He won every major championship he played in 1953, and every official tournament he entered except for the Seminole Pro-Am Invitational, where he tied for second. Then again, Hogan only played six times that year because of battered legs from a bus accident.
Tiger Woods will play no more than 17 events on the PGA Tour this year, so a 2-0 start might be a little early for anyone to get excited.
Even so, expectations were as high as the desert sun at noon when Woods left Arizona with yet another victory. It was his fourth in a row on tour since early September, all done in record fashion.
He set a 72-hole scoring record at Cog Hill outside Chicago and won by eight shots at the Tour Championship and the Buick Invitational, both record margins. On Sunday, he smoked Stewart Cink 8 and 7 in the Accenture Match Play Championship, the biggest blowout in the final in 10 years of a tournament that Woods considers the toughest to win this side of a major.
“I think this certainly is the best stretch I’ve ever played,” Woods said.
Strong words – downright scary – considering that Woods won nine times, including three straight majors, in 2000 and that he won six consecutive PGA Tour events at the end of 2006, a streak that reached seven until losing in the Match Play the following year.
Woods, who also won in Dubai earlier this month, has never before started a season with three straight victories, and it is hard not to speculate how long he can keep winning given his history at some of the tournaments coming up.
Next is the Arnold Palmer Invitational March 13-16 at Bay Hill, where Woods won four straight times from 2000 to 2003. The week after that is the CA Championship at Doral, where he has won the last three years.
Then the Masters April 10-13.
“He just morphs his game into the courses,” Cink said. “So I don’t think there’s a course that’s going to present him with a real obstacle as far as him not being a favourite.”
Woods did little to squash the notion of a perfect season when someone asked him if winning them all was within reason.
“That’s my intent. That’s why you play,” Woods said after collecting his 63rd career tour victory and his 15th title in the World Golf Championships. “If you don’t believe you can win an event, don’t show up.”
But it also is his intent to make every putt and hit every shot just how he wants. No one does that, of course. No one wins every tournament. Byron Nelson holds the record with 11 straight victories during a year in which he won 18 times in 30 events. That means he lost 12 times that year.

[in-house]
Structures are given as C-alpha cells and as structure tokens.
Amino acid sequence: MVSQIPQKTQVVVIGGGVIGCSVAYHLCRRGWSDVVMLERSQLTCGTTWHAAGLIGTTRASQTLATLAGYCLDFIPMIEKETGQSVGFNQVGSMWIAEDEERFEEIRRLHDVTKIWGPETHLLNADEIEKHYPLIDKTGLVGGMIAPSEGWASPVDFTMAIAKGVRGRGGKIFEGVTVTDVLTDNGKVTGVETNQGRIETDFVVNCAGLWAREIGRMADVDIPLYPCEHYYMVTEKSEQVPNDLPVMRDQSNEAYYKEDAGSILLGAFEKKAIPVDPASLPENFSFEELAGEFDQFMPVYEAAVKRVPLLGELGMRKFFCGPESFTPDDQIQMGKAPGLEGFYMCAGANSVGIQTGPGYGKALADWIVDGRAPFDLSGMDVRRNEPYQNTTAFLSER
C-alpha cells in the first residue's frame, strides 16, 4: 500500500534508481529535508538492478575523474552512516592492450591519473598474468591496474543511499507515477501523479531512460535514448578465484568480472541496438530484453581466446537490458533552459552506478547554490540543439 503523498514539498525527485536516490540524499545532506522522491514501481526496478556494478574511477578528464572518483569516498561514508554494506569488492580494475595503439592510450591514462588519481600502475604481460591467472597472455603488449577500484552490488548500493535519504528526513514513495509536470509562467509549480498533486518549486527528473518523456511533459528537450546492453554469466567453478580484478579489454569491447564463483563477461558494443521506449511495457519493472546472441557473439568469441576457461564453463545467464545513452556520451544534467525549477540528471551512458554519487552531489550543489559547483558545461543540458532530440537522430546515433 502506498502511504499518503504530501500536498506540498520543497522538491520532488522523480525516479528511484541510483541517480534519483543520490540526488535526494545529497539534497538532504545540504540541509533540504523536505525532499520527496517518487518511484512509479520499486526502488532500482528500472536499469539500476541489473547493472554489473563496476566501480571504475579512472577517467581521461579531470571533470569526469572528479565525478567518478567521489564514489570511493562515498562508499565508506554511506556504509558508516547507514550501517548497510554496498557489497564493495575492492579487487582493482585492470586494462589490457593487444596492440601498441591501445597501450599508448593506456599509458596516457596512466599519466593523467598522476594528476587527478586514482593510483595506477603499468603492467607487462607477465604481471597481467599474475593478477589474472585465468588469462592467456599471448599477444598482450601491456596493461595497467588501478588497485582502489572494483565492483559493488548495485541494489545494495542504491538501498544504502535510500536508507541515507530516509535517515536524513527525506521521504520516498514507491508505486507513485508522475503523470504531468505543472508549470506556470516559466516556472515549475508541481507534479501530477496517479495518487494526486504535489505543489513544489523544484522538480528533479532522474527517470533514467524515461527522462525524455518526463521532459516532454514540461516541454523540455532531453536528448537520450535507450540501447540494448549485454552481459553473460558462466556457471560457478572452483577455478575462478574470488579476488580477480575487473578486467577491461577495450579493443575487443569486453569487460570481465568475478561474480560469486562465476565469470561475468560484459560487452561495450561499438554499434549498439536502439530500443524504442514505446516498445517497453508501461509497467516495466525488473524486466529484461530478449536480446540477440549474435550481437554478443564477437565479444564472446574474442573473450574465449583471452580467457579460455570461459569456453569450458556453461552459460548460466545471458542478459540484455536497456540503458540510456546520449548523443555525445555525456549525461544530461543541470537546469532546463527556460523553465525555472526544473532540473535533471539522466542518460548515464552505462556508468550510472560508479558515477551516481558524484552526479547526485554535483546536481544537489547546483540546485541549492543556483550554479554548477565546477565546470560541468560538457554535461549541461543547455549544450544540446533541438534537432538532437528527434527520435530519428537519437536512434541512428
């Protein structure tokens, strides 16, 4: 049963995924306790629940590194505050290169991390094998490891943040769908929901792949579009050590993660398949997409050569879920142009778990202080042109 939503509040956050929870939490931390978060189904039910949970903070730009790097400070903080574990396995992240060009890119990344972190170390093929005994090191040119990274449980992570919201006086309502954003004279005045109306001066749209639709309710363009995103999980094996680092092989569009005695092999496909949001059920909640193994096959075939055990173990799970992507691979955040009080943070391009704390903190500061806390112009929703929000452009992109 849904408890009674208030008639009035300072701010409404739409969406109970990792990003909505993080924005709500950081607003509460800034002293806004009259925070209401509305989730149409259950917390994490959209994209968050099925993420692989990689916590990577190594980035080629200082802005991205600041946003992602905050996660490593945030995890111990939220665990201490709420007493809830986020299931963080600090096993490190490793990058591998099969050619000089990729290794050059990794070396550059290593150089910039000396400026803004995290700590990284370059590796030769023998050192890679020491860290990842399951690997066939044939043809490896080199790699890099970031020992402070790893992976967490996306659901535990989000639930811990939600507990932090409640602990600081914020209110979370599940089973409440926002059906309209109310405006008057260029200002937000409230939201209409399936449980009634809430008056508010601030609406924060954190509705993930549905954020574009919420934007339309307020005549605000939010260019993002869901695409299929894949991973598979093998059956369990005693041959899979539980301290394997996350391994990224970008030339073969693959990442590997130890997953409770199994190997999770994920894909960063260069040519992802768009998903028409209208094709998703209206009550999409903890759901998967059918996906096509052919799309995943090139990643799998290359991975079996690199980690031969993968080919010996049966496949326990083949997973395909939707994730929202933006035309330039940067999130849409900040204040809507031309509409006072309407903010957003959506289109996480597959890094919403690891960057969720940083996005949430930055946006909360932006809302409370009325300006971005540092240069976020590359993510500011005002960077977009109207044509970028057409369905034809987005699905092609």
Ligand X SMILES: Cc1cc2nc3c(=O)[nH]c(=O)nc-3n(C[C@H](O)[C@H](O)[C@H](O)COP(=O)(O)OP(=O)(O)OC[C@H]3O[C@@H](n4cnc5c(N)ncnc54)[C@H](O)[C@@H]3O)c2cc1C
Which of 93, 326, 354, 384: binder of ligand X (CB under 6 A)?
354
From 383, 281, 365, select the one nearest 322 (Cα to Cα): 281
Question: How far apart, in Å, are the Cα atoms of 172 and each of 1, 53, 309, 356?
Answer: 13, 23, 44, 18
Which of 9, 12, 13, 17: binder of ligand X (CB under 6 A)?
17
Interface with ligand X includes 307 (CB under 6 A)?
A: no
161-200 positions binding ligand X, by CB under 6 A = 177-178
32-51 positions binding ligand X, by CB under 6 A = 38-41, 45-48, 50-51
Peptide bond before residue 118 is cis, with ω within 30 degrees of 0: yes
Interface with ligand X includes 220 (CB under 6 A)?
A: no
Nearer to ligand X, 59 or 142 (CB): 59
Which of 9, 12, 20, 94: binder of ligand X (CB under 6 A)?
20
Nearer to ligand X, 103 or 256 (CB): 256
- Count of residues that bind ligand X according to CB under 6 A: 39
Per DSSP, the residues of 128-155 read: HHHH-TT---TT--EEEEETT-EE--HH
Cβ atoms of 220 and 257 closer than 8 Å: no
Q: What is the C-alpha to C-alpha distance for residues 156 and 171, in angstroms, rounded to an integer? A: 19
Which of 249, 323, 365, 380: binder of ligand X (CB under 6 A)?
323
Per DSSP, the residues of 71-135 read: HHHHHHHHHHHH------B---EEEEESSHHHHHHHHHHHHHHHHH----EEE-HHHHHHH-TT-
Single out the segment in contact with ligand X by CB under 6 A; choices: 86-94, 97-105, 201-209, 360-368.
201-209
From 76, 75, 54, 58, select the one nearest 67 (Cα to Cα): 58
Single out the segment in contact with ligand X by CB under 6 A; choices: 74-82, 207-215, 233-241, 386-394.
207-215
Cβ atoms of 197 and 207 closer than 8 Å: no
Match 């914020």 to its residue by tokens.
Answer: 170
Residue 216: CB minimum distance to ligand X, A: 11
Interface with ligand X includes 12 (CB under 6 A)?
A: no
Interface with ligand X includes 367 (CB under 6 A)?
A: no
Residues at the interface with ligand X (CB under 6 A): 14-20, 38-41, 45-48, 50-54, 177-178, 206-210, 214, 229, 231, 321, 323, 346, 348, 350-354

A perfect season in golf?
“I do find that laughable,” Hal Sutton said Monday. “Anybody who knows golf knows that ain’t going to happen. You can only own this game for a certain period of time. Even if your name is Tiger Woods, you don’t own it forever.”
Sutton was among those who beat Woods during a time when the world’s No. 1 player looked unbeatable, going head-to-head with him at The Players Championship in 2000 and winning by one shot.
He watched part of the championship match Sunday “until I got bored.”
“Tiger is definitely more dominating,” Sutton said.
Curtis Strange is among those who played in the prime years of Woods and Jack Nicklaus, and he said it is pointless to compare generations. But he also found speculation of a perfect season to be “a little over the top.”
“He is by far and away the best player,” Strange said. “We’ve never had a player this much better than the second-best player. He’s unbelievable, really. But he’s not unbeatable. Let’s not get ahead of ourselves just because he beat Stewart Cink 8 and 7.”
As usual, the best comparisons are to Woods himself.
Most consider his best golf to be from late 1999 through the 2001 Masters, when he won 16 of 32 times on the PGA Tour and four consecutive majors. Dating to the 2006 British Open, Woods has won 15 of his last 24 events, a 63 per cent clip.
“He just has this strong sense of belief in himself that he’s just never out of it,” Cink said. “He’s never going to mess up. He’s just always in control. He never loses his composure.”
The more he talked, the more Cink made Woods out to be a machine.
“I think maybe we ought to slice him open to see what’s inside there,” Cink said. “Maybe nuts and bolts.”
Not many thought Woods could ever produce better results than 2000, the benchmark of greatness in his era. Woods, however, has been saying all along that his plan was to get better. And with each victory, what seemed impossible is not unthinkable.
Woods knows he was fortunate to win the Match Play. In the first round, he rallied from three down with five holes to play against J.B. Holmes by winning four straight holes with three birdies and a 35-foot eagle. In the third round, Aaron Baddeley twice stood over putts inside 12 feet to win the match before Woods prevailed on the 20th hole.
“I played 117 holes this week,” Woods said. “I could have easily played 16 and then been home. That’s the fickleness of match play.”
And such is the fickle nature of golf.
Odds are, Woods won’t win them all.
But if he were to even win three of his next six on the PGA Tour, that would give him 18 wins in his last 30 starts, essentially matching Nelson’s golden year in 1945.
And even that might not be enough to satisfy him.
“You can always get better,” Woods said. “You can always keep improving.”